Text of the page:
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TUESDAY, November 29, 2022
Finance ministry moves closer to finalising poverty aid measures

Finance ministry moves closer to finalising poverty aid measures

MONDAY, December 04, 2017

THE Ministry of Finance (MOF) has been gathering input from government agencies, employers and financial institutions as it seeks to finalise the second phase of relief measures for low-income earners.

The ministry aims to forward the proposal within two weeks to the Cabinet.
Somchai Sujjapongse, the MOF’s permanent secretary, said that the ministry has been in discussions with officials at the Ministry of the Interior, the Ministry of Labour, the Ministry of Education, the Ministry of Agriculture and Cooperatives, Ministry of Industry and the Ministry of Commerce as well as the representatives of the Federation of Thai Industries and specialised financial institutions on the relief measures. 

If the finalised measures gain approval as scheduled in December, they will come as New Year gifts for the needy in Thailand, Somchai said.

The planned measures would adopt a Chinese model under which poverty is tackled by giving individuals access to financial education amid efforts to boost job creation, he said.
He conceded that it could take several years for the benefits to be felt. The measures will help the 11.4 million registered as low-income earners, including the 5 million or so who earn less than Bt30,000 per month, to escape from poverty. 
The exact budget for these planned relief measures has yet to be finalised, Somchai said, saying the existing budget may be used to finance these measures and there could be some additional funds made available. Normally, ministries set aside a portion of their budget to take care of the needy.

“We have been discussing with the related ministries ways to ensure existing measures are preserved as well as finding some improvements. In the second phase, employment is regarded as an urgent issue and it will take time for provide houses for the poor.”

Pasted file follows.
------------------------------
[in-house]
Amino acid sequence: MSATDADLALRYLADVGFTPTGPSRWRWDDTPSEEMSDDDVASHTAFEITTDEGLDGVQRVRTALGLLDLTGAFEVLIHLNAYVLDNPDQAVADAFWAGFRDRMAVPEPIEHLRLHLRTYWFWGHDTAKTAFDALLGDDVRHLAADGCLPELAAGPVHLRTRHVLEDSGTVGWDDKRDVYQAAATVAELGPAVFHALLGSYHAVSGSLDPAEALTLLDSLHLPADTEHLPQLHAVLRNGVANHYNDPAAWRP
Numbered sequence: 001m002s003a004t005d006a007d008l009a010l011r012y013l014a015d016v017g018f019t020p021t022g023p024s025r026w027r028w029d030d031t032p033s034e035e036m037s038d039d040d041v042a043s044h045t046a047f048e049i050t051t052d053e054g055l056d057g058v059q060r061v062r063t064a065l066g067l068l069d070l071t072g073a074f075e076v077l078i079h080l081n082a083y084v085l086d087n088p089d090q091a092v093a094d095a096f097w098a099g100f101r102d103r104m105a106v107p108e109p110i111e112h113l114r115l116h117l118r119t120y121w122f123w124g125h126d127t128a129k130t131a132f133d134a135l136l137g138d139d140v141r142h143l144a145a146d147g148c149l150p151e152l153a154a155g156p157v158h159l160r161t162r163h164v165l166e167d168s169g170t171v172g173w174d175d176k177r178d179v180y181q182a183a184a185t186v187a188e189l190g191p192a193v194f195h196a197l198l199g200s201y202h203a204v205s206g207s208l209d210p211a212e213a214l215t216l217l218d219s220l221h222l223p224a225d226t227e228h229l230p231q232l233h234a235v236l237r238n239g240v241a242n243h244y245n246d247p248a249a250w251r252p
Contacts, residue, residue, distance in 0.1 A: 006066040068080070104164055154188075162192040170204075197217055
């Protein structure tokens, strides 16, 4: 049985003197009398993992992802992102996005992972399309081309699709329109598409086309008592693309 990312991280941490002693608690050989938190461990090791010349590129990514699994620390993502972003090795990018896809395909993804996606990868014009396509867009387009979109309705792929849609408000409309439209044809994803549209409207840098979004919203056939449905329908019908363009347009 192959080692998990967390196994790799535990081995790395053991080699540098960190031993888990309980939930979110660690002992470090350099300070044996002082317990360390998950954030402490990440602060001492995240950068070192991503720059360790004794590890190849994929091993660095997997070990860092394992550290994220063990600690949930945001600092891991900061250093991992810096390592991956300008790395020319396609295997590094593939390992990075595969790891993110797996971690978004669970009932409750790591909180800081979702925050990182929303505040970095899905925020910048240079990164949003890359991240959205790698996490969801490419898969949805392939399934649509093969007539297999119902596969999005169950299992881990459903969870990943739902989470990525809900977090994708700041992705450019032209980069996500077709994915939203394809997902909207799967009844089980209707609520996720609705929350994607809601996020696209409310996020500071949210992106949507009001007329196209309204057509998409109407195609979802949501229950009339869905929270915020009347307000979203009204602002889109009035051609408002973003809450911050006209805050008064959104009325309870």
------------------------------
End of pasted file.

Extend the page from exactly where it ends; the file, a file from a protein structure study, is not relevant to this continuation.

In regard to a plan to use the budgets of local administrative organisations to stimulate the local economy, Somchai said that after a recent discussion it was determined that if the Ministry of the Interior informs the MOF of the need for a regulatory amendment to allow the budget disbursement, then such an amendment was expected to completed before the end of the year.

He also said he was encouraged by the response of consumers to the shopping tax incentives that ended on December 3.
As for a MOF idea to impose a tax on investment in fixed income funds, Somchai said that a draft bill covering personal income tax on investments in debt instruments through mutual funds was awaiting the results of a public consultation that ended on November 23. The feedback was collected on the Revenue Department's website.
Comments deemed appropriate from the public consultation, if any, would be used as the basis for legal adjustments, Somchai said. 
“The mutual fund industry agrees with the move for tax collection to ensure fairness in the tax system. If the tax is imposed, capital is not expected to flow out of fixed income funds and retail investors are not expected to find these funds less attractive,” he said.